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Moro-moro, Uro-uro
Takatsuki Senior Gekidan theater company “Soyo Kaze Pedal.”
Moro-moro, Uro-uro
(from Senior Theatre Festival in Sendai)
(Jun. 6, 2015 at Hitachi Systems Hall Sendai)
Japanese Drama Database
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Aug. 7, 2015
Moro-moro, Uro-uro” by Jun Tsutsui 
Moro-moro, Uro-uro” by Jun Tsutsui 
This is a contemporary colloquial-language style play for senior citizens created by the leader of the performance arts group dracom, Jun Tsutsui, in collaboration with the Takatsuki Senior Gekidan theater company “Soyo Kaze Pedal.” The play intermixes scenes of the members of a mountaineering club and their anxiety about one of their members named Fukazawa who disappeared after going climbing alone and is now a “missing person,” and footage from a video diary that he left behind like an “ending note.” The result is a poignant depiction in everyday [conversational] language of people trying to come to grips with the cruelly intangible “death” of a missing person. This is a work written in the aftermath of the [March 11, 2011] Great East Japan Earthquake and Tsunami that left thousands of missing persons unaccounted for. The play premiered in 2013 and was restaged in a revised version in 2015.
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The setting for the play is the meeting room of an amateur mountaineering club. In the center of the room is a large meeting table and chairs, on the back wall is a screen and below it are a row of chairs is set up for the characters to sit on while waiting for their turns to make their appearances. (All of the characters essentially remain on stage throughout the play.)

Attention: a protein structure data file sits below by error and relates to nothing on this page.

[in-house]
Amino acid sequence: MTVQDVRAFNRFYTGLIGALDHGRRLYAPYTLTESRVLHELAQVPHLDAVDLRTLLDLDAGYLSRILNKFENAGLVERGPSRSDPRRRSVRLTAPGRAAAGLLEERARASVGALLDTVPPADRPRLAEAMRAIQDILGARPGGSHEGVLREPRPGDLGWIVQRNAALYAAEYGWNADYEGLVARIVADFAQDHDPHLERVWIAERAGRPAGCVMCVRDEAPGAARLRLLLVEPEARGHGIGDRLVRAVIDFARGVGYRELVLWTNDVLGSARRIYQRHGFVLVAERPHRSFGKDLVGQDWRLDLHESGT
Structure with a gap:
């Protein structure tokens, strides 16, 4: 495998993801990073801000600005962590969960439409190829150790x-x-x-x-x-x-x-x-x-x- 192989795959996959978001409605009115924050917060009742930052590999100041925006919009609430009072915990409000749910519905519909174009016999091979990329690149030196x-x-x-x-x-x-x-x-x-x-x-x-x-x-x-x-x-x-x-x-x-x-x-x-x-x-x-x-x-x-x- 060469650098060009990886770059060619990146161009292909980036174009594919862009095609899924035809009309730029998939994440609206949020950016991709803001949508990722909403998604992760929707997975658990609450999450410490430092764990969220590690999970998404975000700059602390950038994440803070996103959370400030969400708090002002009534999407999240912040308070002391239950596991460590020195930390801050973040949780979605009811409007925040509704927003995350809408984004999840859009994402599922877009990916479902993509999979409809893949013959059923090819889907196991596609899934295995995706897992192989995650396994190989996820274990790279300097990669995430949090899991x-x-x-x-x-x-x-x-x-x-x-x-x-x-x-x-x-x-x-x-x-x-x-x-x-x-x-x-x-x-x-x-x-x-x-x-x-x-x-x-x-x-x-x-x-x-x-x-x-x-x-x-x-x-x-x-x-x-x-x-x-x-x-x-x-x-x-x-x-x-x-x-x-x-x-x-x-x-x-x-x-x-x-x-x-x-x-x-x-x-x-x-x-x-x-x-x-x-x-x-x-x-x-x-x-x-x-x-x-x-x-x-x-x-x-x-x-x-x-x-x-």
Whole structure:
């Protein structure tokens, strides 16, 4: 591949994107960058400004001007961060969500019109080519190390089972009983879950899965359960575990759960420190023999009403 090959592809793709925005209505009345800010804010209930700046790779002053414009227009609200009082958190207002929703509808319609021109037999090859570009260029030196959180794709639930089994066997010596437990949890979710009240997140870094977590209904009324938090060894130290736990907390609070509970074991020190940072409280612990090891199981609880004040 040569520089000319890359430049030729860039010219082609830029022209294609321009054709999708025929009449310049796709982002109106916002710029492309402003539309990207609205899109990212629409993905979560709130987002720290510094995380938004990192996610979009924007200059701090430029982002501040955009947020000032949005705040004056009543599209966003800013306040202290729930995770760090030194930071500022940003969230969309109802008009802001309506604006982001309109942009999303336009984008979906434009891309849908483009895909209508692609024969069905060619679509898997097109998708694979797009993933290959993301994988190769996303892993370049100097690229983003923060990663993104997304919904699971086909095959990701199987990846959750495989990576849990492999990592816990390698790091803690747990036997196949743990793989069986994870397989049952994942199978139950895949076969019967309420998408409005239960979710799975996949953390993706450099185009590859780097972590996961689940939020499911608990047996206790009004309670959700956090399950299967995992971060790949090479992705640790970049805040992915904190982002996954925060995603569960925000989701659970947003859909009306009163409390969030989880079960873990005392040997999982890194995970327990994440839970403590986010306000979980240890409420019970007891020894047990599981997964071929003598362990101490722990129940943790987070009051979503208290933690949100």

One of the mountaineering club members, Masao Fukazawa, appears on stage and checks the setting of a video camera at the back of the room. With his back to the audience, he faces the camera and begins to speak into it, as if making an entry in a video diary. From here on, Fukazawa remains on stage as an invisible presence to the other characters as he continues to make entries in his video diary, which appear as live images on the screen at the back of the stage.

[Video footage] Fukazawa announces that for the first time he is going to go mountain climbing alone on the 9th of March, 2011.

The scene shifts to two days after Fukazawa goes missing in the mountains. The other members of the club have done out climbing in groups of three to five in search of evidence about what has happened to Fukazawa and are reporting back to each other by text messages or phone that they have been unable to find anything. Just then, the earth quakes in great tremors.

A month later. Fukazawa remains a missing person. At the club’s meeting room Fukazawa’s younger sister Kumiko and the landlord, Nioka, are talking with newspapers spread out in front of them. The papers are full of articles about the Great East Japan Earthquake and Tsunami and the many missing people whose bodies have not been found or identified. Other members of the mountaineering club return to the room. Again today, they have been out searching the climbing course that Fukazawa was supposed to have taken.

[Video footage] Fukazawa records in his video diary that it was a day when he was feeling irate because he lost money playing Pachinko, and after drinking he met the mountaineering club member Azuma at the river and made a drunken promise to go mountain climbing.